| Pradeep Menyangbo |
KATHMANDU (The Kathmandu Post/ANN) – Last week, 44 cattle died in Sunsari which conservationists and veterinarians say could pose immediate danger to park animals and local residents.
Following the discovery of dozens of dead cattle in the buffer zone area of Koshi Tappu Wildlife Reserve, conservation officials are concerned that the mysterious disease could spread to the reserve’s wildlife and threaten their lives.
The Department of National Park and Wildlife Conservation, the government body that manages protected areas and wildlife, dispatched a two-member team to the reserve last Sunday to study and prepare a report.
The place where the cattle were found dead is less than 700 metres from the reserve’s forestland.
Technicians at the Livestock Disease Research Laboratory in Biratnagar who conducted a test on the dead cattle said they had detected anthrax.
Officials said at least 44 cows and oxen were found dead in Srilankatapu last Thursday, bleeding from their nose, eyes, ears, mouth and anus.
“The lab test confirmed that the cattle died due to soil-borne anthrax bacteria. The disease is transmissible in nature through air, water, and soil,” said veterinarian at the Inaruwa-based Veterinary Hospital and Livestock Service Centre Dr Manoj Kumar Mahato.
However, officials at the National Park Department refused to declare that the disease that killed the cattle was anthrax.
“After the laboratory reports said anthrax was detected, we have immediately dispatched a team on the ground,” said spokesperson with the department Bishnu Prasad Shrestha.
“The team is expected to take notes from local residents, veterinarians and other park officials during its investigation.
“So far, we have only heard of this outbreak in domestic animals but we can’t confirm that until our team makes the assessment on the ground,” Shrestha said.
Anthrax is a highly infectious bacterial disease found in sheep and cattle and is transmissible to humans. The infected animals die within a few hours of the infection.
According to Mahato, they have asked provincial and local authorities to dispatch vaccines to the local community.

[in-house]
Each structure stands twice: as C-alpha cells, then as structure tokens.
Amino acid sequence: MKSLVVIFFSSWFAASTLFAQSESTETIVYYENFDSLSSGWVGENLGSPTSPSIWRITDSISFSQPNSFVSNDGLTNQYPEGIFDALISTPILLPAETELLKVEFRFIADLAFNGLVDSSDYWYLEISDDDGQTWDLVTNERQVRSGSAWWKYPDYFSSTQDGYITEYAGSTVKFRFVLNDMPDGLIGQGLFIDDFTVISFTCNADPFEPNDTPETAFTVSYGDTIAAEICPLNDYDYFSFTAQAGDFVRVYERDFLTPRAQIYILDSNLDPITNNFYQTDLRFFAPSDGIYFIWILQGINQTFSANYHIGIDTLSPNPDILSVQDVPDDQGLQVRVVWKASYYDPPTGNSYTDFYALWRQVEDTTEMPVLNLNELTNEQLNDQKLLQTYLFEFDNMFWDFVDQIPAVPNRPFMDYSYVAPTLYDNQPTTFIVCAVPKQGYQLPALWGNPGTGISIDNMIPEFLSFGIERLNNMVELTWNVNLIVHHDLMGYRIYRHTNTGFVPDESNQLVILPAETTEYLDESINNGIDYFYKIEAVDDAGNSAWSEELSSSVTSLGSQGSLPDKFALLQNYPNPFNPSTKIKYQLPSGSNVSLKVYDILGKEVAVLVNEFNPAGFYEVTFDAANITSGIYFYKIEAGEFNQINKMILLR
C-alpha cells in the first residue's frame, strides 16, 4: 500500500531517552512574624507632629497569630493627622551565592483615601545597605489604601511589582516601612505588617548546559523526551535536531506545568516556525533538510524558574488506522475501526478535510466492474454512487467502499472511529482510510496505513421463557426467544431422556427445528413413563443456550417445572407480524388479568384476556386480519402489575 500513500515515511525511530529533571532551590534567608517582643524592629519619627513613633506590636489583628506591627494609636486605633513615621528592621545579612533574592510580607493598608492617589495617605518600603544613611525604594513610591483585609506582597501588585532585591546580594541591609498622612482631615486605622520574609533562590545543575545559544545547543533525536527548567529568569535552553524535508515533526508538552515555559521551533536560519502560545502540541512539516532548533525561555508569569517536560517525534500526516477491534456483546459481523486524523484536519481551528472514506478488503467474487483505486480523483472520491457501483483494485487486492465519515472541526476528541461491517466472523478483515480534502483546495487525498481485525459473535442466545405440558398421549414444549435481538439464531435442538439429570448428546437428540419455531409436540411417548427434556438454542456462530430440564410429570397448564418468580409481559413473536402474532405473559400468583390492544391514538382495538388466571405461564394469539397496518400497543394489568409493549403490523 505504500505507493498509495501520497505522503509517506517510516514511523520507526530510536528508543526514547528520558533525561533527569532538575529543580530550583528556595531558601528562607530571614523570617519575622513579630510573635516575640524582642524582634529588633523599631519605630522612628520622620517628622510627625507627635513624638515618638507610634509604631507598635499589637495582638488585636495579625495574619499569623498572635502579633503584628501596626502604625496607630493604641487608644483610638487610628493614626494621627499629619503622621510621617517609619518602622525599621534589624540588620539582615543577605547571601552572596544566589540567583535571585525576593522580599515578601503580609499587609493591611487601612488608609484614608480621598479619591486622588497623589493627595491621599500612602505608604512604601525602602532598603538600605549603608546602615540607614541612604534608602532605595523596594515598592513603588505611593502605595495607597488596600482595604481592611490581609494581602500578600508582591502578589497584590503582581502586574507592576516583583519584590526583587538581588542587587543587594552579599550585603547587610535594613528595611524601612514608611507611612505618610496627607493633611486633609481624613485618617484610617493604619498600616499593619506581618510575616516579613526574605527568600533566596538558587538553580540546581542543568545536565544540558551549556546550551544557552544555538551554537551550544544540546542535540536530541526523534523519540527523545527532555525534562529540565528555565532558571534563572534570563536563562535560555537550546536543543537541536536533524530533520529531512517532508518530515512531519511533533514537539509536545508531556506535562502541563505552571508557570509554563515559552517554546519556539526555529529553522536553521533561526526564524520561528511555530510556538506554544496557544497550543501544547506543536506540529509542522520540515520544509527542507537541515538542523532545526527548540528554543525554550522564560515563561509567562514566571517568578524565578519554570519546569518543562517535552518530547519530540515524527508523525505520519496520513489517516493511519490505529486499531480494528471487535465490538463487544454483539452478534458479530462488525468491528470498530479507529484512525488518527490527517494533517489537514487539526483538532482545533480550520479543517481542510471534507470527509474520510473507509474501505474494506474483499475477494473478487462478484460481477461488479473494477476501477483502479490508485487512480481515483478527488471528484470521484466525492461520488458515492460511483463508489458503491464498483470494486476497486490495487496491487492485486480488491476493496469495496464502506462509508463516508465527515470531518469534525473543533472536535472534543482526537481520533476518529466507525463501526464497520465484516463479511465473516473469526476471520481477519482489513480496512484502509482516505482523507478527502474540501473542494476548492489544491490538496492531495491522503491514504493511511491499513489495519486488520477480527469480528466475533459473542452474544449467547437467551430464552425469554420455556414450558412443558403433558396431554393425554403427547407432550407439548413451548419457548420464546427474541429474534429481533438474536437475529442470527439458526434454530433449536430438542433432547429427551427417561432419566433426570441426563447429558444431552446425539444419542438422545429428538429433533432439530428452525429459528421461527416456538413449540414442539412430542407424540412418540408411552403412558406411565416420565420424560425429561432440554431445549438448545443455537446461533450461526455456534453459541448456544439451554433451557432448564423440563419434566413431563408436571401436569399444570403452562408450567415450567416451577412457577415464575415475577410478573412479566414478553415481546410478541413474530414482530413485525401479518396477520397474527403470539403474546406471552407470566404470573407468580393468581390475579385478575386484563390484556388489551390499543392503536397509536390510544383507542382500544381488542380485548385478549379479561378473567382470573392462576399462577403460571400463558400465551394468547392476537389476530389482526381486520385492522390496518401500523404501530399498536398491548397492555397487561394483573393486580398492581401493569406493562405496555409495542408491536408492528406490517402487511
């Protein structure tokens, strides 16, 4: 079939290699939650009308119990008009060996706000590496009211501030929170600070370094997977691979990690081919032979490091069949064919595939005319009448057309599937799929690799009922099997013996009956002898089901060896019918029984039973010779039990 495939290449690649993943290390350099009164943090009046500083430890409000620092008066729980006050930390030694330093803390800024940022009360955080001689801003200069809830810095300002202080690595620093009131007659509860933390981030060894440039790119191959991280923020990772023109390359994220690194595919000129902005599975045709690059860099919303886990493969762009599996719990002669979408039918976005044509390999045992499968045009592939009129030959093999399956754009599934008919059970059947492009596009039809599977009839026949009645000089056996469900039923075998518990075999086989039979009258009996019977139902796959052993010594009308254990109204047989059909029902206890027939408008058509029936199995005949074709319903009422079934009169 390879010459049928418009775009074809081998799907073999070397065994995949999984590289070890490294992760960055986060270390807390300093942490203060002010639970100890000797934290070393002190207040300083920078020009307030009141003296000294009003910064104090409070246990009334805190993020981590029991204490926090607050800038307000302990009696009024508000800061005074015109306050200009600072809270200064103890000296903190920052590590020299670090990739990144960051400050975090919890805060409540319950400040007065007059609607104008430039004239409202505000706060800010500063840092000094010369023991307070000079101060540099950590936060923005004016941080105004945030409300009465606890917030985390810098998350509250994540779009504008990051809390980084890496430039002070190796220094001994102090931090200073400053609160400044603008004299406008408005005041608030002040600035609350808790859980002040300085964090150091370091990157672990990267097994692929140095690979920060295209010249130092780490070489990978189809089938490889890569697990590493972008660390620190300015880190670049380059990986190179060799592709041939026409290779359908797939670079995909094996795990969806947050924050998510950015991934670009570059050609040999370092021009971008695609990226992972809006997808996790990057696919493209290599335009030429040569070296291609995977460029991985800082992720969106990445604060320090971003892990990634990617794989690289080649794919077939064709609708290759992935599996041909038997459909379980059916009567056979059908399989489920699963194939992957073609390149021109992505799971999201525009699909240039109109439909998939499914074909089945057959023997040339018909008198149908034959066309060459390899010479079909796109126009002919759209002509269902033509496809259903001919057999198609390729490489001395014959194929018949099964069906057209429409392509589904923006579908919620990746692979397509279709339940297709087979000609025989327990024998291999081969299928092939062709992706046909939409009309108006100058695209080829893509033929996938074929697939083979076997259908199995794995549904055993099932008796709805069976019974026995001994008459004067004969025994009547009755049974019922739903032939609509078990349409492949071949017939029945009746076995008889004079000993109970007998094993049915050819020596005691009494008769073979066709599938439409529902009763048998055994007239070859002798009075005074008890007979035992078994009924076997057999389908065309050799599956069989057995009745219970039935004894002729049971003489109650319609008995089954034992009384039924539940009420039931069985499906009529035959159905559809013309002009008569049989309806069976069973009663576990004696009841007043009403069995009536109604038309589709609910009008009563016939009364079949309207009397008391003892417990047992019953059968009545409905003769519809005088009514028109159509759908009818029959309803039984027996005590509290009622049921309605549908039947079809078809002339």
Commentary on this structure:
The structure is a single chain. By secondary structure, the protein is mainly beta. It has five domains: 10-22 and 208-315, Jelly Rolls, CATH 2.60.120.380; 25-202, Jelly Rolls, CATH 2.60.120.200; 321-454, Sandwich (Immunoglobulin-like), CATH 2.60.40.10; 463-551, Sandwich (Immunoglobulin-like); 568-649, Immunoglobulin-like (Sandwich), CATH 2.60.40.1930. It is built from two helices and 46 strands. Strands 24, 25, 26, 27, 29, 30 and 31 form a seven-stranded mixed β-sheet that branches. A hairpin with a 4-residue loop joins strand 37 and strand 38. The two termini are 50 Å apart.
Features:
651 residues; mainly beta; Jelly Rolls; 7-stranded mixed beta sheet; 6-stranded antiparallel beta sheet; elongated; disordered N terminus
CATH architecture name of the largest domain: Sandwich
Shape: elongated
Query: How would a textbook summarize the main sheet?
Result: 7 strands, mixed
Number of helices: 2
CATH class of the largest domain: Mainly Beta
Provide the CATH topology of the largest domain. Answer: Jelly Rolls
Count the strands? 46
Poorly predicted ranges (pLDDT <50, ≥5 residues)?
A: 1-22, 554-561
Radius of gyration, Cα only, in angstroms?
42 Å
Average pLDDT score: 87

“Vaccines should be administered at the earliest because the disease could be easily transmitted to humans and other animals,” he said.
Some conservationists are concerned that wild water buffaloes, locally known as Arna, are also vulnerable to the bacteria.
Arna is mentioned as an endangered species—there are 3,400 of them in the world—on the International Union for Conservation of Nature Red List. There are an estimated 10,000 other animals and stray cattle and buffaloes in the reserve.
Ramdev Chaudhary, chief conservation officer at the reserve, said they are mobilising skilled human resources to contain the disease.
But he admitted that it is highly challenging to administer vaccines against anthrax to animals in the reserve.
“We haven’t found other dead animals in the area in the last four days,” said Chaudhary, who inspected the affected area on Sunday.
“We are coordinating with other authorities to find ways to contain the disease—by using fire, and spraying medicines and lime powder to eliminate the bacteria.”
Wildlife experts have also warned that because of the close proximity of human settlements to the reserve, there are chances of interspecies breeding between domesticated water buffaloes and indigenous wild water buffaloes, potentially threatening the latter.
The Koshi Tappu Wildlife Reserve was the only natural habitat of wild water buffaloes in the country until wildlife authorities, in an attempt to create a new protected area for Arna, translocated 13 of these endangered buffaloes to Chitwan National Park in 2017.